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Yen and Franc Strengthen as Tensions Grow in the Middle East

Yen and Franc Strengthen as Tensions Grown in the Middle East

MIDDLE EAST – The Japanese yen and the Swiss franc strengthened as tensions between the United States and Iran threaten to boil over. Other safe-haven currencies and assets like gold were also sought after by investors.

Both the Japanese Yen (JPY) and the Swiss franc (CHf) hit record highs today. The former rose to a three-month high against the US dollar (USD). Meanwhile, the franc closed on a four-month high versus the euro.

The yen skyrocketed to 107.77 versus the dollar in the Asian market. The JPY ended the day with a gain of 0.2% and settled at 108. Traders are still pushing to sell any upside rallies in the USD/JPY pair.

The market outlook for the pair is unsurprisingly bearish given the ongoing geopolitical issues. This hints that the pair will further slide down. The downside targets for a bearish USD/JPY are lurking around the 107.50 and 107.10 levels. The currency pair will become bullish if it trades above the 108.20 area, with a key resistance around the 108.40 and 108.70 levels.

Another safe-haven counterpart, the franc, was flat during the trading day. But it was close to its peak of 1.0824, which it had accomplished against the euro last Friday.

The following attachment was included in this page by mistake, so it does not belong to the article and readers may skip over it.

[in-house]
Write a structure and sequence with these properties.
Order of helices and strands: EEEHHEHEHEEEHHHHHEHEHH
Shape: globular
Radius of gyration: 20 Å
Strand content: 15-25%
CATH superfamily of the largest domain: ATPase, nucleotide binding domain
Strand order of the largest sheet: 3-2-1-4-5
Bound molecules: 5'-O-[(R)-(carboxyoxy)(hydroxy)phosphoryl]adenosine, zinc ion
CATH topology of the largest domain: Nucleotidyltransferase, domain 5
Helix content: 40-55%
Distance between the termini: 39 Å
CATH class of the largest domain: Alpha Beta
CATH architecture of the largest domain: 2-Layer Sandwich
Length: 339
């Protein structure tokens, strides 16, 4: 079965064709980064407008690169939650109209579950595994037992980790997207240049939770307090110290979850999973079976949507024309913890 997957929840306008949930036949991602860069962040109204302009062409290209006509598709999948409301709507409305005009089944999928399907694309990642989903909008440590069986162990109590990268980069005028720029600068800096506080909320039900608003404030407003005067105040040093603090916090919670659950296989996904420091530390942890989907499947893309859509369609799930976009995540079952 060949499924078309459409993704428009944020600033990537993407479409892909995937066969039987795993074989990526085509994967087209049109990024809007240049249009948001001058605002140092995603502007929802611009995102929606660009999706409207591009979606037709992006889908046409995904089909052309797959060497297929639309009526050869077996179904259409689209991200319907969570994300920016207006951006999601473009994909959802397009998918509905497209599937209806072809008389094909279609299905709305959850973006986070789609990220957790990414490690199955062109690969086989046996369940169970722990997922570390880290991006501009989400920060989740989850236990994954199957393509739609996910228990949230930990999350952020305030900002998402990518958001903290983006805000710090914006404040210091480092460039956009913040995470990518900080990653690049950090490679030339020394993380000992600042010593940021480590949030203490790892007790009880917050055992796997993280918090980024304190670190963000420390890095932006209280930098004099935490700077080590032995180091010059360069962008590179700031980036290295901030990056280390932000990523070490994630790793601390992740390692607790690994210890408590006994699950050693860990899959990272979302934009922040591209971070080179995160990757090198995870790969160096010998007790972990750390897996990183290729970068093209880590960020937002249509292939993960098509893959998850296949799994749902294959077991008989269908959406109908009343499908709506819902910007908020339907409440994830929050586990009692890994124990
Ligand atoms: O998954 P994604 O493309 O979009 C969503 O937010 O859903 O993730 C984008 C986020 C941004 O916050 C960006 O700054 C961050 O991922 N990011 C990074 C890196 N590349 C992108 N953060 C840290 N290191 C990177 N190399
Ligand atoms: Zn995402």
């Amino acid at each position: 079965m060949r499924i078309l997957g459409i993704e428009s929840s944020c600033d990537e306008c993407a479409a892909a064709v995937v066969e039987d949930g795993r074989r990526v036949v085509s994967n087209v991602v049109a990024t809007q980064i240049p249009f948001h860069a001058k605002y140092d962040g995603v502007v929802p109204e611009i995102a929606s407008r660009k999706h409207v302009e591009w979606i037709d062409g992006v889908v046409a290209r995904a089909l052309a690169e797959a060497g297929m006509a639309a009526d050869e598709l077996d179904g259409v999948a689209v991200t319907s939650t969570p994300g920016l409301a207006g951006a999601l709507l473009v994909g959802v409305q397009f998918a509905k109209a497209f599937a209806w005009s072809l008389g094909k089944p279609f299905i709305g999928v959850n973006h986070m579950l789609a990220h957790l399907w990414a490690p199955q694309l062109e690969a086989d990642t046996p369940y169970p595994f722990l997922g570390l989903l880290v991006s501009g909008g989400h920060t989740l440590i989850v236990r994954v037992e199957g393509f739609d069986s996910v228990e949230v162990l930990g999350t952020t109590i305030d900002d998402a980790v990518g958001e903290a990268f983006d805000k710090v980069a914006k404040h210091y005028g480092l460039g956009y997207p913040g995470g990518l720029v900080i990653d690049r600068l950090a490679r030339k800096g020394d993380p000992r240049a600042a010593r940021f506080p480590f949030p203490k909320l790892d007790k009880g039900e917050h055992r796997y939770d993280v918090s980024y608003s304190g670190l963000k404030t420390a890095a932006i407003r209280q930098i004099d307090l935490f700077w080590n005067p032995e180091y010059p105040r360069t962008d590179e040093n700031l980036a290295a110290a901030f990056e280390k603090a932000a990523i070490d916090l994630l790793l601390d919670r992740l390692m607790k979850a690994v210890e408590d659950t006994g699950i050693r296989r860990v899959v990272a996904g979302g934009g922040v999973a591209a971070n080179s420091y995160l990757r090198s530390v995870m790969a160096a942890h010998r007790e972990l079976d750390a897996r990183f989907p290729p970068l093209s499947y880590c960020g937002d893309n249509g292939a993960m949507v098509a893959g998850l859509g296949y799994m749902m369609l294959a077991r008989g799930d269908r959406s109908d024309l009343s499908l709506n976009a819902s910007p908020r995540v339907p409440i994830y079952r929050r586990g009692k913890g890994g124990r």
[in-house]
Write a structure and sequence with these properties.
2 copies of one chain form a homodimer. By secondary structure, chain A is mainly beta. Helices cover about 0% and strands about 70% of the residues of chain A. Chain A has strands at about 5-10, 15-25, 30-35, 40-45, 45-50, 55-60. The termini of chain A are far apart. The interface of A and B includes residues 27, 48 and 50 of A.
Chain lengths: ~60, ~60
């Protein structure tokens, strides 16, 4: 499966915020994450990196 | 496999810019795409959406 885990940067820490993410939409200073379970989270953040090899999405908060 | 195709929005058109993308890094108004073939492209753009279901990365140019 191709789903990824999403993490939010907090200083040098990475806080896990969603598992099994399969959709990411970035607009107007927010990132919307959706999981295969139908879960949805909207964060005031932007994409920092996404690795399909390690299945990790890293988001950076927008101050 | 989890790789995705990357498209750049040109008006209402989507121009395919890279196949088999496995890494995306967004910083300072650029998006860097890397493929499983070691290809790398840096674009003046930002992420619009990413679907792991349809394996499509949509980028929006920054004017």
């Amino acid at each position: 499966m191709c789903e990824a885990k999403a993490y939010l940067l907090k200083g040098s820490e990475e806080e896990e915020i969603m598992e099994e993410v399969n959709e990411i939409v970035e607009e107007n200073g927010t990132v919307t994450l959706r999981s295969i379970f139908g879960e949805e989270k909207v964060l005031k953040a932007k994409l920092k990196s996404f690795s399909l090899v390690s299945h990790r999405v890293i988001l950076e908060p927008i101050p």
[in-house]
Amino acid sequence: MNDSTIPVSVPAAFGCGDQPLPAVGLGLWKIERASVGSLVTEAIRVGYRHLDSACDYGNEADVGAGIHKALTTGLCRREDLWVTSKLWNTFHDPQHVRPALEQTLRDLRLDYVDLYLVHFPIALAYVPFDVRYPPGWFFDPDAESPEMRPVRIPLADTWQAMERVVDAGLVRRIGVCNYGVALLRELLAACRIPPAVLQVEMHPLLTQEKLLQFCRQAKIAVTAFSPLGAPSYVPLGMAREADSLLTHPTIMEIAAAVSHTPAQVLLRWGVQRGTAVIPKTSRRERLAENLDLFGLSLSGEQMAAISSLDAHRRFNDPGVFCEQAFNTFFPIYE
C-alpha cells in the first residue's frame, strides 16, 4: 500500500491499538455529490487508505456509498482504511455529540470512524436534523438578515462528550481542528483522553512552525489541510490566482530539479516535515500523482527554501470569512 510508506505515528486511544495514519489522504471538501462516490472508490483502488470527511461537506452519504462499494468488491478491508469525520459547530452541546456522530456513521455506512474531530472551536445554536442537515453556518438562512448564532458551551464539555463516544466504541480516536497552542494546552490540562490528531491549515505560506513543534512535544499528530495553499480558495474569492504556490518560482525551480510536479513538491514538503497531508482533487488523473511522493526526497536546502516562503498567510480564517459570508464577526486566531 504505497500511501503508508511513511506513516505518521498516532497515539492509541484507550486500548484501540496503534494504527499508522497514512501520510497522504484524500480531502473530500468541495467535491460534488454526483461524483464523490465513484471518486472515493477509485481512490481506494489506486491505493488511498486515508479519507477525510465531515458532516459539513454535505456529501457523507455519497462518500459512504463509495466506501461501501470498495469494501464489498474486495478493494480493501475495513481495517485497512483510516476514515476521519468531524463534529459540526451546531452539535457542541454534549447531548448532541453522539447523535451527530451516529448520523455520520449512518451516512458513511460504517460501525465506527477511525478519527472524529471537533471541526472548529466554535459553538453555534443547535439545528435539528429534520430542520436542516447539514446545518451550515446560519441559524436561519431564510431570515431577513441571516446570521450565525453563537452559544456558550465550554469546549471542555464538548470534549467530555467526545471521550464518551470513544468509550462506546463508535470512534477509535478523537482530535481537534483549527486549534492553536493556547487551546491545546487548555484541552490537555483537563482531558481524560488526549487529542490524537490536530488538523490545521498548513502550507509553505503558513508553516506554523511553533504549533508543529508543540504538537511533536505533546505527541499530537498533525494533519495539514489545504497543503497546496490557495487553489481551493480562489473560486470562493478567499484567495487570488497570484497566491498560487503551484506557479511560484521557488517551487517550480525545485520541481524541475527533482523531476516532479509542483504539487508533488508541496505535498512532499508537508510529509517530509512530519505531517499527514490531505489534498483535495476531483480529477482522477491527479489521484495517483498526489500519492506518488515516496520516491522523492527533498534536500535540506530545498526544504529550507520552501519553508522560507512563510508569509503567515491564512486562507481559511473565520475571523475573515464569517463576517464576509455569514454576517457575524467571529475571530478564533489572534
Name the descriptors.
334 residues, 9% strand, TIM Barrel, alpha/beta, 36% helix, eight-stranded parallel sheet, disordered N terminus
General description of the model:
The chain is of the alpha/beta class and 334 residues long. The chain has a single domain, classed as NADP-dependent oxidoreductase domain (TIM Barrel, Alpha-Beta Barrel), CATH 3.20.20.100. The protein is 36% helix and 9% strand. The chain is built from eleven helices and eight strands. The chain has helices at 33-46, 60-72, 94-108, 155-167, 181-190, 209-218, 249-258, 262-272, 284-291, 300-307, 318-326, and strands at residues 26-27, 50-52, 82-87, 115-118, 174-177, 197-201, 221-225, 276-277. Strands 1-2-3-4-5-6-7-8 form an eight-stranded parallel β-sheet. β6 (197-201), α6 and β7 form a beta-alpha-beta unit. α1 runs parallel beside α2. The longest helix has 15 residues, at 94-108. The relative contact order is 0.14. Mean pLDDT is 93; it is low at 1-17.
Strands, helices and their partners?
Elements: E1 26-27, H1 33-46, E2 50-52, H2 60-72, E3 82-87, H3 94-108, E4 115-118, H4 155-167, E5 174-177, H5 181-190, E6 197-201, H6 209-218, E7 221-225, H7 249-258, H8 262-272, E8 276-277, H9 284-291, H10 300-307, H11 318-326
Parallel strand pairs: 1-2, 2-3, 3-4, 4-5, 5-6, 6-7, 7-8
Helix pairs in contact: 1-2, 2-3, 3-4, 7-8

The dollar was just floating in place against the six major currencies. It was weak against the euro, with the EUR/USD pair previously up by 0.1% at $1.1167.

On a positive note, the implied volatility measures for the commonly traded currency pairs were quite calm. It implies that investors are not yet running to enhance portfolios by purchasing currency options.

Gold and oil also grew stronger today as demands for these safe-haven assets continued. Spot gold was up by 1.4% to hit close to a seven-year high. Oil prices were also up as traders worried that global supplies could become disrupted if fighting breaks out in the Middle East.

The demand for safe-haven currencies like the yen and franc were an expected response as investors scramble to secure their assets.

Iran vowed to retaliate for the killing of its top military commander. The country has also stated that while they will keep cooperating with the United Nations, it will no longer adhere to the limitations imposed on its uranium enrichment program.

Meanwhile, US President Donald Trump has stated there will be a “major retaliation” if Iran acts against America.

MUFG currency analyst Lee Hardman says that with Iran expected to “respond in some scale, scope, and magnitude,” the market will continue to be volatile until it’s clear how the issue between the US and Iran will progress.

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